Posts Tagged ‘ U.S. ’

Step One: Show Skin, Step Two: Praise Talent: A Look at Scarlett Johansson and the Film Industry

September 12, 2014
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lucy-scarlett-johansson

By Megan Felder I’ve always loved movies.  A lot.  Romantic comedy, sci-fi, superhero action  – you name it, I will watch it.  Perhaps that’s why I’m such a fan of Scarlett Johansson.  In her most recent movies, she plays a self-absorbed love interest (Don Jon), a creepy alien (Under the Skin), the voice of...
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Posted in Activism, Bodies, Capitalism, College Feminisms, Culture, Economy, Entertainment, Feminism, Film, media, Patriarchy, Politics, Popular Culture, Racism, Sexism, Stereotypes, U.S., Work | 1 Comment »

Bringing “All” to the Tent of Communal Healing

September 3, 2014
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Worshippers are overcome by their religion during a christian tent revival in Great Falls, Montana.

By Ahmad Greene-Hayes   Inspired by the story of a Black enslaved woman, Margaret Garner, Toni Morrison’s 1987 novel Beloved explores the narrative of Sethe, who killed her daughter Beloved to protect her from the racialized and sexualized violence of slavery. After leaving her former plantation—Sweet Home—and rejected, Beloved’s ghost returns from the grave...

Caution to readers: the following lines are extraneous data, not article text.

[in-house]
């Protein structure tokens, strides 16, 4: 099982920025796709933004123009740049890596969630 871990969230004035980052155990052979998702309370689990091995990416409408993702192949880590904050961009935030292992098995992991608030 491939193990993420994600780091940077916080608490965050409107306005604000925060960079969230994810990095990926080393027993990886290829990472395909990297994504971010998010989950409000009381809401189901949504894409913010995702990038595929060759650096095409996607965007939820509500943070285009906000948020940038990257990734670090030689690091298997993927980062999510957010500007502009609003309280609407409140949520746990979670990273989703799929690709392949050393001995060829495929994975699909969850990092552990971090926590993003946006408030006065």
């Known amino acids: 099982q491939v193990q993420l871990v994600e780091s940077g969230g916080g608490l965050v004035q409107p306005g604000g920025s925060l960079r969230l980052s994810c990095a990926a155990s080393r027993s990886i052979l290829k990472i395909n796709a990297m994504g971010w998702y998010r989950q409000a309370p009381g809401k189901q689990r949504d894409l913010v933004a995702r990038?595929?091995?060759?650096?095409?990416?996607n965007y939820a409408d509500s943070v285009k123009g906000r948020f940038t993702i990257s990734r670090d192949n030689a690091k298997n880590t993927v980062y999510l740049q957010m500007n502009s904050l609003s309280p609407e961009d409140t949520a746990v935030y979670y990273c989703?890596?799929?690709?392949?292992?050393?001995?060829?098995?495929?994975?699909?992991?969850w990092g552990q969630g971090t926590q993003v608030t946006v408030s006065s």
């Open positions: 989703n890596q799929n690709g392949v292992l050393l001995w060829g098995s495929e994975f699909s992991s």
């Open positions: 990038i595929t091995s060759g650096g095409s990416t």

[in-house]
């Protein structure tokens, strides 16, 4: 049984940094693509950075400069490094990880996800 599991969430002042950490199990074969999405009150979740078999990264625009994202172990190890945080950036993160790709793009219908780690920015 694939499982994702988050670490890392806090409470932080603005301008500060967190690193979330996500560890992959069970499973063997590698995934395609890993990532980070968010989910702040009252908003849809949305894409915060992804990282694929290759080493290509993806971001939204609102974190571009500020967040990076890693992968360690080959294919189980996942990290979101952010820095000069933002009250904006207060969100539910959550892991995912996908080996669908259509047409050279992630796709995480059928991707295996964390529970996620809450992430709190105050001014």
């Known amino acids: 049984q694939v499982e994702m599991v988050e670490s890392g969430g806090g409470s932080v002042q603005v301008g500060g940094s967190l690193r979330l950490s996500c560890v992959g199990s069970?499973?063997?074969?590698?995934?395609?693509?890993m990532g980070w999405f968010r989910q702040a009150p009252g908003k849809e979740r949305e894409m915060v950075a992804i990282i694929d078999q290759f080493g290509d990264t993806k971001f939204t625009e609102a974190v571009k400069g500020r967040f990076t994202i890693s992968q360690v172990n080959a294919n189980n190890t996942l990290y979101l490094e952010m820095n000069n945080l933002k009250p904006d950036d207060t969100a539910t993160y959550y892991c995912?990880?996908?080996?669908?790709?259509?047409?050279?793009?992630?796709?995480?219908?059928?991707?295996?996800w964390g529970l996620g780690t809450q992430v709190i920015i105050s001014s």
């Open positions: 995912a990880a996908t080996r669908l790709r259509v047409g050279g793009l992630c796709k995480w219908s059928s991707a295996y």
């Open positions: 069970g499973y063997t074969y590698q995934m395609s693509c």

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Posted in Academia, Activism, Black Women, Capitalism, College Feminisms, Culture, Family, Feminism, Health, History, LGBTQI, Love, Patriarchy, Politics, Racism, Religion, Sexism, sexual violence, Sexuality, U.S., Violence, Youth | Comments Off

A Latina’s Perspective on MBK

July 11, 2014
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JEWEL SAMAD:AFP:Getty Images

On July 10, women of color spoke out on President Obama’s My Brother’s Keeper (MBK) policy initiative, in a webinar sponsored by the African American Policy Forum. The 90-minute webinar followed a June 17th letter signed by over 1,400 women of color from all walks of life—activists, artists, nurses, teachers, day laborers, students, academics,...
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Posted in Activism, Black Girls, Black Women, Ethnicity, Feminism, Immigration, Politics, Racism, Sexism, Sexuality, U.S., Women of Color | 3 Comments »

Refusing to Compromise My Beliefs

July 11, 2014
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Gender-identity

By Christina Peterson As a student, I never thought I would be stuck in a place where I face the possibility of failing a class because I refuse to conform to another person’s beliefs. During my junior year of college, I took a course that required me to make a survey, send it out...